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How To Alleviate The Guilt From House

Are you overcompensating for sweat work by working around the clock? Here's how to capitalize on your newfound flexibility and eliminate your work-from-home (WFH) debt.

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January
7, 2021

3 min read

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It's probably no surprise that 88% of companies have encouraged or asked their employees to work from home due to the pandemic. Unexpectedly, working from home can make you feel guilty. The guilt of home causes some employees' feelings to turn into negative feelings about themselves, and some even to doubt their performance.

COVID has blurred the lines between our personal and professional lives and has resulted in the two worlds colliding on a daily basis, which leads to friction losses when it comes to competing requirements: homeschooling, parenting, work, time with family, spending time with significant other and taking care of yourself .

According to the New York Post and a poll of 2,000 Americans:

– 29% do not take any meal breaks during the working day

– 6 out of 10 feel guilty about taking a break during working hours (even when it comes to caring for their children or themselves)

– 66% are constantly worried about their productivity and are afraid of losing their job

Related topics: How to give your WFH situation a new twist

Navigating through the competing requirements leaves some to fear that managers believe that employees are not working during the day. As the guilt creeps in, employees work longer to counteract the negative feelings. However, it creates a vicious circle. It undermines employee performance, morale, and creates conflict in the home of some.

Here are four tips to help you understand why you really don't need to feel guilty.

You are more productive than you think

Studies show that people who work from home are 47% more productive and that working from home increases productivity by 13%. The growth in performance was attributed to employees being able to:

Have more calls and meetings per day. Increased focus in a quieter, more comfortable work environment. Take fewer breaks and sick days

Working from home has become easier and communication software has improved. Surveys conducted over the past few months show that working from home leads to faster project completion and increases efficiency and productivity.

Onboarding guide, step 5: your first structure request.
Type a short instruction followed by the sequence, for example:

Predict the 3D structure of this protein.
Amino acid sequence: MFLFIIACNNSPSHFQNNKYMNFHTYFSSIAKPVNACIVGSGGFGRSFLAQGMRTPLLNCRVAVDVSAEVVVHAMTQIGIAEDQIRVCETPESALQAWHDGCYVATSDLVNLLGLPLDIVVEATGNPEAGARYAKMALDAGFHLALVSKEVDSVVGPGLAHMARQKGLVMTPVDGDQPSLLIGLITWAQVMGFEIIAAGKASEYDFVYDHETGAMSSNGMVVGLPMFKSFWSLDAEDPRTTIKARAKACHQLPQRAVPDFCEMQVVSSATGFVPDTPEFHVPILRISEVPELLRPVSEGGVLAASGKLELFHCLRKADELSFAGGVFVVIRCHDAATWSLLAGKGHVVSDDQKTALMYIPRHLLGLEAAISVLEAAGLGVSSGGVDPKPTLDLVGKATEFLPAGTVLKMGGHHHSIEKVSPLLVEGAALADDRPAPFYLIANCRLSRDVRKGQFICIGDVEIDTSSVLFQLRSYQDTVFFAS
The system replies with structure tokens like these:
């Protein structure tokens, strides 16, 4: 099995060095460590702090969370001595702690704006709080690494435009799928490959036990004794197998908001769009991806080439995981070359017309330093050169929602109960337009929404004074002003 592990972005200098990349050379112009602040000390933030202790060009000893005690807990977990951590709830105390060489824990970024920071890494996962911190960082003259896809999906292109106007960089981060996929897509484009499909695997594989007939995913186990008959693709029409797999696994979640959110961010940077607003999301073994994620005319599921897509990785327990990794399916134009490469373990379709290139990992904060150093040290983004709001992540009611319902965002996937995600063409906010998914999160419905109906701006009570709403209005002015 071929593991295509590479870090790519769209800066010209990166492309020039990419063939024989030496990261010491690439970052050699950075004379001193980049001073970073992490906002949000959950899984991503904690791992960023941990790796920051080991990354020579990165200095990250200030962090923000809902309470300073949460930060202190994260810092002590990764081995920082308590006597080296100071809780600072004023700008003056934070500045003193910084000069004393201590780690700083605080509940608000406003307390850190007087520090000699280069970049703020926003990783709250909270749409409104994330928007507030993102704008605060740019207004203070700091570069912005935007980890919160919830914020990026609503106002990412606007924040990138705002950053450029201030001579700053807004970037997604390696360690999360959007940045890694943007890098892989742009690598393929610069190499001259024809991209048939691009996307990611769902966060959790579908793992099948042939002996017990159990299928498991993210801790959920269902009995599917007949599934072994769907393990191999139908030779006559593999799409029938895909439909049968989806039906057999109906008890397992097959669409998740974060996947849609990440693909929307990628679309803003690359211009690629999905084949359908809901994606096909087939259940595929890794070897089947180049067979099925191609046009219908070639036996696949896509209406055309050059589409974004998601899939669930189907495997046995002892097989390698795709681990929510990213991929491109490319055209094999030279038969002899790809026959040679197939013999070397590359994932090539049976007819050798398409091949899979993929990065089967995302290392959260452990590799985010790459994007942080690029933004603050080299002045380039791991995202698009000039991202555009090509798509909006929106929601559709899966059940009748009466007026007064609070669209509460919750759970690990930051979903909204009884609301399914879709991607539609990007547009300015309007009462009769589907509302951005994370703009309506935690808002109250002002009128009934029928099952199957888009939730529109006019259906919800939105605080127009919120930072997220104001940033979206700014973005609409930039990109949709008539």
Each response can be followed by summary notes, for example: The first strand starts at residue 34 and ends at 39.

Related: 4 Tips for Starting a Business While Working from Home

You are likely to save your employer money

U.S. employers will save over $ 30 billion a day on remote working during the pandemic. Each and every employer saves about $ 11,000 a year for each person who works remotely half the time. Organizations will continue to rely on virtual conferences to host meetings and seminars that would have been in person. The bottom line is that business leaders are questioning the need for expensive business travel that would have required hotel stays and a daily rate.

Work from home can stay here

It is unpredictable when the coronavirus pandemic will end. Teleworking statistics therefore show that 38% of companies believe that remote working policies will remain in place over the long term or even permanently.

Related Topics: How To Keep Your Work And Personal Life Separate When Working Remotely

You save the earth

Remote workers could cut greenhouse gas emissions by 54 tons annually – an feat that puts nearly 10 million cars off the road. Another advantage is that the employees use the additional time for self-care and exercise without commuting. Regular exercise has been shown to have a positive effect on mental and physical health and leads to a reduction in stress. Those who work from home report that they exercise 30 minutes longer during the work week.

To sum up, working from home is likely to be a more productive work environment than the typical office, which can help you achieve a better work-life balance. Supporting your mental and physical health is something your employer likely wants, and therefore should never be something you feel guilty about.

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